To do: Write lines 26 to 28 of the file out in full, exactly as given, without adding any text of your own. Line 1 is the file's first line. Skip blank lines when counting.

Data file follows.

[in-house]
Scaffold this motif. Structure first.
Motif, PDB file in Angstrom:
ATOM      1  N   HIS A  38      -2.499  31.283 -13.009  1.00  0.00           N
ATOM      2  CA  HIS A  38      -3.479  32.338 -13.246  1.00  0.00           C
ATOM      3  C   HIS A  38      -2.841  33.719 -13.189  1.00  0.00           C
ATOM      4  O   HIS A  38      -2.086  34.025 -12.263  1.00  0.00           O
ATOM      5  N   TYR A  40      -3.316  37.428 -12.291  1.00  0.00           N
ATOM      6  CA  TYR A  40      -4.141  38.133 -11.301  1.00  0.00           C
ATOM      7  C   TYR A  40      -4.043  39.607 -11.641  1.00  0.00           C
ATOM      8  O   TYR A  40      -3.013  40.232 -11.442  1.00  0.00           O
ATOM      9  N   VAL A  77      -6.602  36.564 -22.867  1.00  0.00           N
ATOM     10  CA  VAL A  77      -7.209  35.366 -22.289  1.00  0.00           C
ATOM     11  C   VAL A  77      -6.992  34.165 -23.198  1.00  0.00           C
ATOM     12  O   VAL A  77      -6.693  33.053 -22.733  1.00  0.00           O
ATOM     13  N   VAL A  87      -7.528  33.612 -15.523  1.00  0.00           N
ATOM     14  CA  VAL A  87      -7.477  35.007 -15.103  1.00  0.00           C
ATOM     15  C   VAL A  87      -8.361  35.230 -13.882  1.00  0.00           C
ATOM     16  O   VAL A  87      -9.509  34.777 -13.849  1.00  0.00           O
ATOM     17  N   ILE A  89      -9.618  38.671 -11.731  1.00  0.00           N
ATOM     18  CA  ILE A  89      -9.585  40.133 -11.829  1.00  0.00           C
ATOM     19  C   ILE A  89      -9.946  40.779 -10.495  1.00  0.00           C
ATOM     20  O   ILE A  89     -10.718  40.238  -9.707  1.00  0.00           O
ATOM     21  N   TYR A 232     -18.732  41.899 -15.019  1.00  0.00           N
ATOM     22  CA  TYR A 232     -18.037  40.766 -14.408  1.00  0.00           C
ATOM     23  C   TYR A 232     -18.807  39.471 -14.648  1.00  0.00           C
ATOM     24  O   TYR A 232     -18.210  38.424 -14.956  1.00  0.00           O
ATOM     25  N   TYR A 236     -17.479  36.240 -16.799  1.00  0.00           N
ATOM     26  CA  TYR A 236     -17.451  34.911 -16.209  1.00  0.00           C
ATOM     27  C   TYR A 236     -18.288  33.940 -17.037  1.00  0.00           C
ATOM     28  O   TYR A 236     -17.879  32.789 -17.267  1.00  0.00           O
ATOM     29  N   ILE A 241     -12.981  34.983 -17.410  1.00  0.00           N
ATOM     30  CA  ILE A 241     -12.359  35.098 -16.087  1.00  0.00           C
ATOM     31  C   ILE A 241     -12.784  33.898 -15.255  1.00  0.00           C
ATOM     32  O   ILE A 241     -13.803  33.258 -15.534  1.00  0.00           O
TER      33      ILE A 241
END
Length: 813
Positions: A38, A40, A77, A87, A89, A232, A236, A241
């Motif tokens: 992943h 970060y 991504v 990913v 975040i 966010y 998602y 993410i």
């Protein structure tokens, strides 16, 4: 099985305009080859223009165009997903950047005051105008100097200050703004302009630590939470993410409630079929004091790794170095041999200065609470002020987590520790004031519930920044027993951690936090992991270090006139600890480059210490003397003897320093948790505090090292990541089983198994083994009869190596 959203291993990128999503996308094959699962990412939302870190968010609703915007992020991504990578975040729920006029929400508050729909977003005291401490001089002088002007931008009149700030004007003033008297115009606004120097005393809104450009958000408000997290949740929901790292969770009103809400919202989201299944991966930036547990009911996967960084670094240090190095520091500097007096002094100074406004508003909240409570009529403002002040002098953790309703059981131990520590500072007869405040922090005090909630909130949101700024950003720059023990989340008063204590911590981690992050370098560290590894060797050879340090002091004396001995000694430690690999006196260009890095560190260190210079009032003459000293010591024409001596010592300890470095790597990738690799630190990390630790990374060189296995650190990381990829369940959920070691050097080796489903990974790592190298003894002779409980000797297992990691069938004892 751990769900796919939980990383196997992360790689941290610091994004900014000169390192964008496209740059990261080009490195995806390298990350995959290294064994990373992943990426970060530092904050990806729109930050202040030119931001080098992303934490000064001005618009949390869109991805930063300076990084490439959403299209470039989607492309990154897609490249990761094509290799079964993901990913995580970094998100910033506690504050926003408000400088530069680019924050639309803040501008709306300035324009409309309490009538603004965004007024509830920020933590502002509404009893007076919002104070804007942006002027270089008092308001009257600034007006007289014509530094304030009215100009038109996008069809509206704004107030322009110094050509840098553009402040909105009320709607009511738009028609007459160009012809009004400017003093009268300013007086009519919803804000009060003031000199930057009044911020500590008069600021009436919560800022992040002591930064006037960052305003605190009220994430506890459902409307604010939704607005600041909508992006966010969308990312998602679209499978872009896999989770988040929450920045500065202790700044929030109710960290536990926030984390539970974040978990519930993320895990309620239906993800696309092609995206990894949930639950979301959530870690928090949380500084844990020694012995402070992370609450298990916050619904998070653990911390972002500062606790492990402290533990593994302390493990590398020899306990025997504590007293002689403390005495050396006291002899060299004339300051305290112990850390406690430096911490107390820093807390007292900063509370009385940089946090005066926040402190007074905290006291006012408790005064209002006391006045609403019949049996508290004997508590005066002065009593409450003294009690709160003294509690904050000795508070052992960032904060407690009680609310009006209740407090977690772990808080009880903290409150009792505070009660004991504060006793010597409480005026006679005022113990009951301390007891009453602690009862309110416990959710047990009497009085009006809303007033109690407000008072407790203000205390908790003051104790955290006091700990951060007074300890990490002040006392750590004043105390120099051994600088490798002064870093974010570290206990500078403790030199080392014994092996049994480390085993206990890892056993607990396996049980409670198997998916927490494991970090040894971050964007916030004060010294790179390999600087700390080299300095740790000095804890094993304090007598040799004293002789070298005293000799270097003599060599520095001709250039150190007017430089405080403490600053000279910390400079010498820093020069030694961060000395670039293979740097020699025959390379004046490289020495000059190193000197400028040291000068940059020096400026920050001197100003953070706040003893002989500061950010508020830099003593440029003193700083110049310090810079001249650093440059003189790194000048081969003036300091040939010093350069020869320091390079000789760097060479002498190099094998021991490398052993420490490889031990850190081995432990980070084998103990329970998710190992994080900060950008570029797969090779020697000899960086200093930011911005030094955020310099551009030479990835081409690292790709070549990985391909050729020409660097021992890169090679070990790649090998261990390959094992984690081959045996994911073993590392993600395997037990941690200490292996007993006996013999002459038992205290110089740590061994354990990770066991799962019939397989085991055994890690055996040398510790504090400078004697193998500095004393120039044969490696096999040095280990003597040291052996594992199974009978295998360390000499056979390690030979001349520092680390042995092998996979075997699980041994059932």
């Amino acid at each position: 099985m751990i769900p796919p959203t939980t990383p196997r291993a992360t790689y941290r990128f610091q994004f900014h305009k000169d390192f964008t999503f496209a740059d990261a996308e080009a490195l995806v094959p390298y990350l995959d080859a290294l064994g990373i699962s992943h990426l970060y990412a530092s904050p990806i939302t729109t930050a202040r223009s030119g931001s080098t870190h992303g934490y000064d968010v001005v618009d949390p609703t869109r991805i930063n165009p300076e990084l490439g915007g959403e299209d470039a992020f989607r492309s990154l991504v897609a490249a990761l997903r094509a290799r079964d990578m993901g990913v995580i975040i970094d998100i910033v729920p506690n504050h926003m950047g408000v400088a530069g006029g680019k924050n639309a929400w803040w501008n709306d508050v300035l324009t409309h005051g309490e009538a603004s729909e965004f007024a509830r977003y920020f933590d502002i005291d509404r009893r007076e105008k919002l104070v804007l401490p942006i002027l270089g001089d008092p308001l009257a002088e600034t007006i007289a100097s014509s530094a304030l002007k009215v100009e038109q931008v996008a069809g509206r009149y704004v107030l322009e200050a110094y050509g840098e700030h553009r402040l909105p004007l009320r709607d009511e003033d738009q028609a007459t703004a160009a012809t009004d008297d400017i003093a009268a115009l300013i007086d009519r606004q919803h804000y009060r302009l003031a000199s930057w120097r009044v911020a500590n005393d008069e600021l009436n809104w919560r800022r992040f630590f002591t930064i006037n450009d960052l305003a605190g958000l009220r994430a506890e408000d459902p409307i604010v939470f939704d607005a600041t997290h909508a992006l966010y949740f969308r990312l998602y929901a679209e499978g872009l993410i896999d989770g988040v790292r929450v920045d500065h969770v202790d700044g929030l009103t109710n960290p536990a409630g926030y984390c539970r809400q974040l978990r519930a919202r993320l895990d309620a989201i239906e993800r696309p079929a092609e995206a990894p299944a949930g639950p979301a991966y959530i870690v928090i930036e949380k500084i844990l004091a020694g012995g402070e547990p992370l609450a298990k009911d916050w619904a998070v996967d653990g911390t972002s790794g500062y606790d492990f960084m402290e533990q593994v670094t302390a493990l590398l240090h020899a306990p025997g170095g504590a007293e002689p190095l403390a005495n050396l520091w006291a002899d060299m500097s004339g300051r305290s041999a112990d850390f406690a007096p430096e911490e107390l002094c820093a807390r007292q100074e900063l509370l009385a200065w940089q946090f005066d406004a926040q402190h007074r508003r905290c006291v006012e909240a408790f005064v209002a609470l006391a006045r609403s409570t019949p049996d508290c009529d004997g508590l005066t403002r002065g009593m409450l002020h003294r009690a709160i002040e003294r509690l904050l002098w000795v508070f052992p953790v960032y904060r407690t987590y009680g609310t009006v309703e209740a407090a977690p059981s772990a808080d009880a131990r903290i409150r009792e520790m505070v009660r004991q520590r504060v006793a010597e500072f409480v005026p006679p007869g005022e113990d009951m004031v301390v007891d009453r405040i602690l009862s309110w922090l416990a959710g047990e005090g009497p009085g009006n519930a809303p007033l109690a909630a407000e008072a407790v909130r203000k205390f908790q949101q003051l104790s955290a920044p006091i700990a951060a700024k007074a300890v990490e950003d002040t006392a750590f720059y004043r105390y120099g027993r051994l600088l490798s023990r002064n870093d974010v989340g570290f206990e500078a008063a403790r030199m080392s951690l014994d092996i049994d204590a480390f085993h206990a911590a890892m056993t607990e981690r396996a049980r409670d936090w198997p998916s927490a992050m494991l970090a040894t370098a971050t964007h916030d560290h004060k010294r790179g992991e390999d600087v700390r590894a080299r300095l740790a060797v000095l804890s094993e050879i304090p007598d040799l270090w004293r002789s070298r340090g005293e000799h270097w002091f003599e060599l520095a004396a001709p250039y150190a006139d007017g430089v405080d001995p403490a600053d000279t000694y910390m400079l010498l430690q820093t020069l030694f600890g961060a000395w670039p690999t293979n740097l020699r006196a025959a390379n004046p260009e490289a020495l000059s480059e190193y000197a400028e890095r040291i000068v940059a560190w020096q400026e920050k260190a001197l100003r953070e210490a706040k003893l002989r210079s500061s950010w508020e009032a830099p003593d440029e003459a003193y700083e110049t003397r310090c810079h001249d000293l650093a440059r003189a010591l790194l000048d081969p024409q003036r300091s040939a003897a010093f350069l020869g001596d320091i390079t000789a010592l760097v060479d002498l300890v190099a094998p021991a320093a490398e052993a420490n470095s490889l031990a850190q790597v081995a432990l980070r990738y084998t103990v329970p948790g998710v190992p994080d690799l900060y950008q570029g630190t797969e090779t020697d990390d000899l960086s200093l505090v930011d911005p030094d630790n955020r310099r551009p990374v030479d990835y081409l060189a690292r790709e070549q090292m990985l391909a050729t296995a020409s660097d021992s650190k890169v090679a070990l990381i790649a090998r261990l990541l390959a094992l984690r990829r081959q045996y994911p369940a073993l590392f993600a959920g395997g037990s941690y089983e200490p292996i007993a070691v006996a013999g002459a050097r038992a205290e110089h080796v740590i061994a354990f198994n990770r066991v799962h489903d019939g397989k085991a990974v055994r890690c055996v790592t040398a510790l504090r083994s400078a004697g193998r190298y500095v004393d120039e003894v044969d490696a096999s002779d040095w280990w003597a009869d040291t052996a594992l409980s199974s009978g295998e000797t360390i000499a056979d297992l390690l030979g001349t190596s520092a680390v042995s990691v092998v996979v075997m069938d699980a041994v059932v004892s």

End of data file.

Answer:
ATOM     23  C   TYR A 232     -18.807  39.471 -14.648  1.00  0.00           C
ATOM     24  O   TYR A 232     -18.210  38.424 -14.956  1.00  0.00           O
ATOM     25  N   TYR A 236     -17.479  36.240 -16.799  1.00  0.00           N